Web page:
At this point it is almost a truism that travel memoirs are more about the author’s internal journey than the physical one. “It is the journey, not the destination,” we are frequently told. Never was this point more clearly made than in The White Mosque by Sofia Samatar. Billed somewhat humbly as merely a “Silk Road memoir”, the author provides a personal account of her trip following the passage of a group of Mennonites who relocated from Czarist Russia to Central Asia in the late 19th century.

There are, in a very general sense, two kinds of travel memoir. In the first, writers take you on a journey somewhere they know very well. They share with you their deep understanding of the place—its people, its history and its geography. The authors’ physical journey is for the most part a literary scaffold upon which they hang their knowledge and expertise. In the second kind of travel memoir, the author is a direct proxy for the reader: as clueless and naïve as you—though perhaps a little braver—embarking together on the journey from the same starting point. You see new experiences and sights through the author’s eyes, and slowly develop the ability to interpret and understand these new surroundings. 

Throughout history, expansionist powers have attempted to integrate newly conquered territories through the imposition of their own language, laws, and moral codes. These “civilizing missions” have been a defining feature of most imperial projects, whether motivated by religious fervor, to facilitate trade or simply an honest belief in the cultural superiority of one’s own culture.

Few contemporary works of fiction from Uzbekistan are translated into English directly. Those that have found their way into the English language are usually classical texts or themselves translations of Russian translations of the Uzbek originals. Given this scarcity of accessible modern Uzbek literature, the casual English language reader could be forgiven for not knowing upon what basis to judge the relative worth of a novel like Gaia, Queen of Ants by Hamid Ismailov.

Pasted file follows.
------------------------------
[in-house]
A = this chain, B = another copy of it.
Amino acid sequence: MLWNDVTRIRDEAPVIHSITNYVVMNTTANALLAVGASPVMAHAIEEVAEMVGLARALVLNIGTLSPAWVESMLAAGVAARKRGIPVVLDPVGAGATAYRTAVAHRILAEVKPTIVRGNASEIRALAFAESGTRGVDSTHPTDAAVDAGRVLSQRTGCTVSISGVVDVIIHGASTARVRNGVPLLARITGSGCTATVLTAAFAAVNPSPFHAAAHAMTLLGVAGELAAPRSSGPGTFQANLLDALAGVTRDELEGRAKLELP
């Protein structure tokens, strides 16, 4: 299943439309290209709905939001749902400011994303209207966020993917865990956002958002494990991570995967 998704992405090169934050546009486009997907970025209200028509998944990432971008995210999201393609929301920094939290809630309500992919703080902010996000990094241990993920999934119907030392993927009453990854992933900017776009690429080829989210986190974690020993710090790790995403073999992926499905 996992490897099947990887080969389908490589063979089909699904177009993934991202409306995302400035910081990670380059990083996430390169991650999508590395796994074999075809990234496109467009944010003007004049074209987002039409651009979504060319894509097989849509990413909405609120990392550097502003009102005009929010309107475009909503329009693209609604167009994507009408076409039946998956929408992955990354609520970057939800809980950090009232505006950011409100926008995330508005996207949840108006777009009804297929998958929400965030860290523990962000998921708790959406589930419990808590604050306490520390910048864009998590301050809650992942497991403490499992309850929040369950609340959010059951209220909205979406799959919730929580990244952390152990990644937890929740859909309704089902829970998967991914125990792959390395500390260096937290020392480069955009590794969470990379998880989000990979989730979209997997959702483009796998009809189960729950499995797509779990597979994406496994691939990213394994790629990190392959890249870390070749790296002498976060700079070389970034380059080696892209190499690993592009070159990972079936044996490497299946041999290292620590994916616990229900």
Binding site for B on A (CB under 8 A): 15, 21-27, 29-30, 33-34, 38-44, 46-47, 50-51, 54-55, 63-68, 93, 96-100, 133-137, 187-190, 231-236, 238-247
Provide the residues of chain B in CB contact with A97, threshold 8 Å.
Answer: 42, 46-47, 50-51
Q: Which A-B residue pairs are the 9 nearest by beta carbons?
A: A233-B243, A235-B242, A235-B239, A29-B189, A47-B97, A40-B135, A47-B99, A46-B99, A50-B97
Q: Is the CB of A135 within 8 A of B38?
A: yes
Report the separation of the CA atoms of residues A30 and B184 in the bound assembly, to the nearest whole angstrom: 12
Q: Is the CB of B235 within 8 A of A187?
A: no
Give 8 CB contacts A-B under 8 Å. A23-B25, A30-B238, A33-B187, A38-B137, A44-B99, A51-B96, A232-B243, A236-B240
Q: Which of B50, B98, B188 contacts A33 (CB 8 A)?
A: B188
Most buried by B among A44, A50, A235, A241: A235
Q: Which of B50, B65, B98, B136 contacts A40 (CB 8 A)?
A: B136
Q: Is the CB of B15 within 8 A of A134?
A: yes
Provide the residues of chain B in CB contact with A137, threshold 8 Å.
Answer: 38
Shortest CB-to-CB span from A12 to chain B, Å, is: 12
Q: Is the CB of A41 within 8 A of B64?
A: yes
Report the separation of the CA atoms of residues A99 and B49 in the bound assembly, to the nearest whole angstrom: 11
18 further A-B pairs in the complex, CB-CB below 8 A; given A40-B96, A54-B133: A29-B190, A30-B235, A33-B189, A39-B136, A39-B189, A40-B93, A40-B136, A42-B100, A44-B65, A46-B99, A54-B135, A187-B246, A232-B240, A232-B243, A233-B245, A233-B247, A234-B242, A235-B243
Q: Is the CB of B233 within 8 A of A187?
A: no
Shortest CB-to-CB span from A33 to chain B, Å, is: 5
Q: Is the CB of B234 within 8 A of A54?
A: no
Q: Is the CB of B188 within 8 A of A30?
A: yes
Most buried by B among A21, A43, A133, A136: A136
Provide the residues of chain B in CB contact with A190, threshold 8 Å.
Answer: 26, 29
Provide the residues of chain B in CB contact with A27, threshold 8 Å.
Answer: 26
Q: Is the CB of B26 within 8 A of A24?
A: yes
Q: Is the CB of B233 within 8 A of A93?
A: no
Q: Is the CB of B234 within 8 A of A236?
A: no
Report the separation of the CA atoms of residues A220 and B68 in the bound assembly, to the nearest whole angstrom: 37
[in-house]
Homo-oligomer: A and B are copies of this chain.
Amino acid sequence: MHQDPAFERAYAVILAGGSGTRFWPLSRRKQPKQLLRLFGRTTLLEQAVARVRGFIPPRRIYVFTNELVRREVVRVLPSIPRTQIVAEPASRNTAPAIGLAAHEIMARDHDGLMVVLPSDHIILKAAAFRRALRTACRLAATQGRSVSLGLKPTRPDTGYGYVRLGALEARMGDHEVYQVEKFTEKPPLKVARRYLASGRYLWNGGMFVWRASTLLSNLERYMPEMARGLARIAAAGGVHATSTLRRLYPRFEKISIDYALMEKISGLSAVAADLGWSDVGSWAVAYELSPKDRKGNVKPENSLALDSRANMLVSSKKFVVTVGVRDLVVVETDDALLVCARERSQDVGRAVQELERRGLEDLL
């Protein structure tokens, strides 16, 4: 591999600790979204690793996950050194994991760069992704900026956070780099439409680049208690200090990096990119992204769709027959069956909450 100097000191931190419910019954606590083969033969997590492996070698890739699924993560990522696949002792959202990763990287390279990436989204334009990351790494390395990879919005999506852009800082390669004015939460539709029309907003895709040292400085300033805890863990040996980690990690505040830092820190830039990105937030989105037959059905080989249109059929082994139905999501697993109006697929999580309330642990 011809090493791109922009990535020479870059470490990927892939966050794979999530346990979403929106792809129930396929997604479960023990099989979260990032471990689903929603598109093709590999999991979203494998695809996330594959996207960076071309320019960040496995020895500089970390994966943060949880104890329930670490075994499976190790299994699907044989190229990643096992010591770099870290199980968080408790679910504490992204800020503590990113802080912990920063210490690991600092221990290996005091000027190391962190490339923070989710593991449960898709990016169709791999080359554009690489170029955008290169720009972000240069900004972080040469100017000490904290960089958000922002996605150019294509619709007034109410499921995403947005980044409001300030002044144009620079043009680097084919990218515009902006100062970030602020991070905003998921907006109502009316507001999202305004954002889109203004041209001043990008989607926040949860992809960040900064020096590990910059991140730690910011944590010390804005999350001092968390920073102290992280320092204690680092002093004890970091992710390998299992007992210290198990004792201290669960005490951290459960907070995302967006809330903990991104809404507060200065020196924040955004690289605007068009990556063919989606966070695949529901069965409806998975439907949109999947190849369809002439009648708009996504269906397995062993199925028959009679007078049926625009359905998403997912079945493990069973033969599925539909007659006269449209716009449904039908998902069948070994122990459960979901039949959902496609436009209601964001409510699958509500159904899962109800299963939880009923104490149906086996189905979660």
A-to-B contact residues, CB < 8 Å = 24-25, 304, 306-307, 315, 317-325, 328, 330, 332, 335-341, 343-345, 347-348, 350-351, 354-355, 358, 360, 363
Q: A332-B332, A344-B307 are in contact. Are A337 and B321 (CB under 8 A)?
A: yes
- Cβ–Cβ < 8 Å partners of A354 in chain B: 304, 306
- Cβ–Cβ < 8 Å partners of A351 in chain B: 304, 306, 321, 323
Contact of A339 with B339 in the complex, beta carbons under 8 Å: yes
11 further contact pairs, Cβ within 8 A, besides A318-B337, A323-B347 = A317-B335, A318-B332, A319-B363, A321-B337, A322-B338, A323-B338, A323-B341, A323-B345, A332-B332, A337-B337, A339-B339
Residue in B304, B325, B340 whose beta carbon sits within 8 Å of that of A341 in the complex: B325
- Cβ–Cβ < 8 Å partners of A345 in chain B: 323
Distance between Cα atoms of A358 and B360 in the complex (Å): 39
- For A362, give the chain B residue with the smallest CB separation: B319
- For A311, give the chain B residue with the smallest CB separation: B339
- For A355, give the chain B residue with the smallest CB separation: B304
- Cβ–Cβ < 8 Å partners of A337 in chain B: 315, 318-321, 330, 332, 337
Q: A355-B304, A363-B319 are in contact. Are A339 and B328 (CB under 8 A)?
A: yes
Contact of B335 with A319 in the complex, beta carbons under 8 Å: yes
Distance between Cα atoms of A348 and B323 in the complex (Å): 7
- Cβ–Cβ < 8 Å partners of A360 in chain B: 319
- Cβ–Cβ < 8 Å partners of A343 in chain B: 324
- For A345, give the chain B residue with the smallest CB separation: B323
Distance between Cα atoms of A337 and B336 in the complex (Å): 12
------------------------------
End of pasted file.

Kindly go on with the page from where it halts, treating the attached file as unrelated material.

The image of Central Asia in the minds of many in the West is that of an exotic, distant land ruled by evil despots—its entrenched culture of corruption and repression both eternal and intractable. However, in Dictators without borders: Power and Money in Central Asia, academics Alexander Cooley and John Heathershaw aim to refresh and reframe our understanding of the region.

Unlike other forms of disaster—such as earthquake, flood or hurricane—famine is a distinctly political occurrence. Most often they are the product of political action that deprives people of food, either through neglect or targeted victimization. Such was the case for the nation-wide famine inflicted upon the Kazakh Soviet Socialist Republic—now the modern-day Central Asian state of Kazakhstan—from 1930-33.